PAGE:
In our continuing analysis of the legality of poker and what plays into it, we continue to break down how public opinion has been shaped over the past few decades.
Today I want to focus on why public perception is different for poker in America versus around the rest of the globe. It’s pretty simple, actually. The “American Experiment,” as Tocqueville coined it in his book Democracy in America, was a two-fold experiment based on freedom: economic freedom to pursue a more prosperous life, and freedom to follow the religion of your choice.
Many immigrants have come to America since the initial New England colonists, sometimes in sweeping waves due to famine, war, or religious persecution. However, it was the colonists that broke away from England who framed the founding documents that established the government, the free market system, and the moral base that shaped the core of the new country. These people were not entrepreneurs who occasionally attended church; they were extremely pious pilgrims and puritans who would fight to the death to defend their right to worship as they believed. The first colleges were established by religious denominations in order to train ministers, and the first life insurance policies in the United States served to provide for the families and replacements of church leaders. Three periods of religious revival known as “The Great Awakening”,”The 2nd Great Awakening”, and “The 3rd Great Awakening” have occurred in America’s history leading to cultural and political changes including the push for abolition of slavery, establishment of new denominations, and the Y.M.C.A.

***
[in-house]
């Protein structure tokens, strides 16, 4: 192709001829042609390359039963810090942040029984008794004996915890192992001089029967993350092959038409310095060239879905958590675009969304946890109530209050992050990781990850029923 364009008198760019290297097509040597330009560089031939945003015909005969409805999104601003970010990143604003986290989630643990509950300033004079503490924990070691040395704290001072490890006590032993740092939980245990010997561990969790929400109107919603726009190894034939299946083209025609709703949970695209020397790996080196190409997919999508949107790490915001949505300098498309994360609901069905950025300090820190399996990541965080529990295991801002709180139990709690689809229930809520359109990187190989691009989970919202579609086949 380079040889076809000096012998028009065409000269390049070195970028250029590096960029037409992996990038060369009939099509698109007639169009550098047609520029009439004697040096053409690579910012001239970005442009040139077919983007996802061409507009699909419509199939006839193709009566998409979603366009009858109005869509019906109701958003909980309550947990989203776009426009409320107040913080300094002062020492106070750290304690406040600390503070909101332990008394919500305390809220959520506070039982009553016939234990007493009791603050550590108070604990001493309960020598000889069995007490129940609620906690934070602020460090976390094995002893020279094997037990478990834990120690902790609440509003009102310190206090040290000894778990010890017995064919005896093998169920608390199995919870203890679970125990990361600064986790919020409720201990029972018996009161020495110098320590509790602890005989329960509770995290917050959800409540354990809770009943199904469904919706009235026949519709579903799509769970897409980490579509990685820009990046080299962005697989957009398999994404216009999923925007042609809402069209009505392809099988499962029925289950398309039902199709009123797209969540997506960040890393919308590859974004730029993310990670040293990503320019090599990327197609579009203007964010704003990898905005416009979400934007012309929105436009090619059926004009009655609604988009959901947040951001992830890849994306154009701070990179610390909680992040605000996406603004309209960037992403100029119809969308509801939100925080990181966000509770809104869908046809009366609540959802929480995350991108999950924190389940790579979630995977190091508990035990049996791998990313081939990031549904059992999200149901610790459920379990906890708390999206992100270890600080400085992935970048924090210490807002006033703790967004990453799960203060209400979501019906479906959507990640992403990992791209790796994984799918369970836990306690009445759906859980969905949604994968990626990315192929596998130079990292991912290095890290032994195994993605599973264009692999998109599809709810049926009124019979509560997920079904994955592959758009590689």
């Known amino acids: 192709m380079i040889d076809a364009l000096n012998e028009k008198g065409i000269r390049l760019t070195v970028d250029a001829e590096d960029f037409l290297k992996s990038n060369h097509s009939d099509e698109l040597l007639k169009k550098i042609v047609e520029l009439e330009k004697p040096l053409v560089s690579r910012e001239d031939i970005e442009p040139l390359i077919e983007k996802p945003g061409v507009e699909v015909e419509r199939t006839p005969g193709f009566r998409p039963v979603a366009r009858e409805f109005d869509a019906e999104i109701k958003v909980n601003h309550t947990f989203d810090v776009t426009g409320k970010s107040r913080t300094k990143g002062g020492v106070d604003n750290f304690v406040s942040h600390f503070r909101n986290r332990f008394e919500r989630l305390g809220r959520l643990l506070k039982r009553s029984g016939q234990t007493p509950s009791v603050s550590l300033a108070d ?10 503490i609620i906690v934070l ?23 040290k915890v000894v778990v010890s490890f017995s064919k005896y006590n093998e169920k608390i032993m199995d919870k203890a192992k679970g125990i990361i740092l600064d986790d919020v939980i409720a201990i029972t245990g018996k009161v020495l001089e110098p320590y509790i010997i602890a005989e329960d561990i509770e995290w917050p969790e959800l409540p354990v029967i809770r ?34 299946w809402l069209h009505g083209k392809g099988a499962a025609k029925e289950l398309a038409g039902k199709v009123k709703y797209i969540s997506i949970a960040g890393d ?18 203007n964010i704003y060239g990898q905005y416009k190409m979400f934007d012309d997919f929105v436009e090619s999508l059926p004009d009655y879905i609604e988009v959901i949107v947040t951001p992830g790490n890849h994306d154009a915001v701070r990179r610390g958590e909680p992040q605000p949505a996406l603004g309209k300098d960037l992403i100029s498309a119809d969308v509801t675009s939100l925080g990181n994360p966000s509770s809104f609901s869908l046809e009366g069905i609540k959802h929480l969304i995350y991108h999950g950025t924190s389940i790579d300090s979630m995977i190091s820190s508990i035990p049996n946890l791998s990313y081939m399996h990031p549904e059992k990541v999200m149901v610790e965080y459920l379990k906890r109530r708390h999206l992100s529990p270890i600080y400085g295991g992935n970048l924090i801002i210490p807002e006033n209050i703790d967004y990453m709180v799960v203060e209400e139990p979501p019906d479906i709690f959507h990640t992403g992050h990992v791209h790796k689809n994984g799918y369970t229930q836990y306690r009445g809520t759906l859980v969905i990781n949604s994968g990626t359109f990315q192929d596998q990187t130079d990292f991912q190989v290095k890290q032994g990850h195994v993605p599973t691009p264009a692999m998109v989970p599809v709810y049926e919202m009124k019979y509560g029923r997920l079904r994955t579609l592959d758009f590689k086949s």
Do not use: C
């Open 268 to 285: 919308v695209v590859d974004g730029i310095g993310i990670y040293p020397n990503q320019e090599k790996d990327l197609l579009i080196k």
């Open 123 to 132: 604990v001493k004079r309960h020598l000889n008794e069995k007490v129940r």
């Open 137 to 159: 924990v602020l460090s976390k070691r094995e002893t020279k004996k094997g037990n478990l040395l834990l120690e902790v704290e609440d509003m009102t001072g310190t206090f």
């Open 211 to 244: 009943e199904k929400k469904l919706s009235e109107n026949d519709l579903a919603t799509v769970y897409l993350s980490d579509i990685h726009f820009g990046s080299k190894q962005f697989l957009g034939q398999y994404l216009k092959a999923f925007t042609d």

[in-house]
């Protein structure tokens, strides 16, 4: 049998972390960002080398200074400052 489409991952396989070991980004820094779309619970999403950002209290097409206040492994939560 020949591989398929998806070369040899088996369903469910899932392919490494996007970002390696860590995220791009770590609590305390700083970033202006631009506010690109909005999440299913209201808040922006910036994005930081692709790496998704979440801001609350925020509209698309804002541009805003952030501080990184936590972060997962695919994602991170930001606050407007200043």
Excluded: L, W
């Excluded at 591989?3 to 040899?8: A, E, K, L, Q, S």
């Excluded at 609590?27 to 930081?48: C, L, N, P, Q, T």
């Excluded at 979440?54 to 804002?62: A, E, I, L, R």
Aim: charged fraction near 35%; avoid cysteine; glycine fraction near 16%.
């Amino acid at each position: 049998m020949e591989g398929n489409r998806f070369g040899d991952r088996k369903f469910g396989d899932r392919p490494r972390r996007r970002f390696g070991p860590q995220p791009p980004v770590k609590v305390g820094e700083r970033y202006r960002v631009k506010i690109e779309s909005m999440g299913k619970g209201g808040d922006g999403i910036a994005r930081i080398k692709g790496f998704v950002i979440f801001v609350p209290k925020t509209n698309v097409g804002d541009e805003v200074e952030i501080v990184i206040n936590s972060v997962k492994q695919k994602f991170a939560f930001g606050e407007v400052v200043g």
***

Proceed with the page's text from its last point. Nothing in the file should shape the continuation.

Let’s face it – gambling has not been given center stage in America. It took the great depression to establish legal gambling in Las Vegas in 1931. 82 years later Vegas and Atlantic City still have only limited competition showing reluctance of most states to fly the gambling banner. However, the tide seems to be changing. The gradual secularization of Western society coupled with states facing increasing economic pressures are leading them to find new revenue streams in lotteries and casinos. Sometimes freedom to pursue a more prosperous life trumps the freedom of those wanting to restrict gambling out of fear that it will lead to moral decay. And not all religions look down on gambling. The Vatican takes a neutral stance on gambling stating that as long as the game is fair and one wagers within their limits without giving in to excess, then gambling is no different than drinking or other indulgences that can be good or bad. The rest of the world seems to support gambling as a revenue driver from locals and tourists alike. Then again, the rest of the world is far more secular in nature as well. For many countries, opulent casinos such as those in Dubai are a sign of prosperity and national wealth. In order to attract big spenders to their poker tables, the casinos must keep the riffraff away and be very inviting.
This is the image many supporters of American casinos have for Las Vegas and what their state could offer in the near future. Could this be the year that states ignore the powerful anti-gambling lobby efforts and vote to keep tax dollars local? We are getting close, but there are still a few institutions that need to take a serious look at their attitudes towards gambling and if current policies are doing more harm than good. We will examine a couple of these next.
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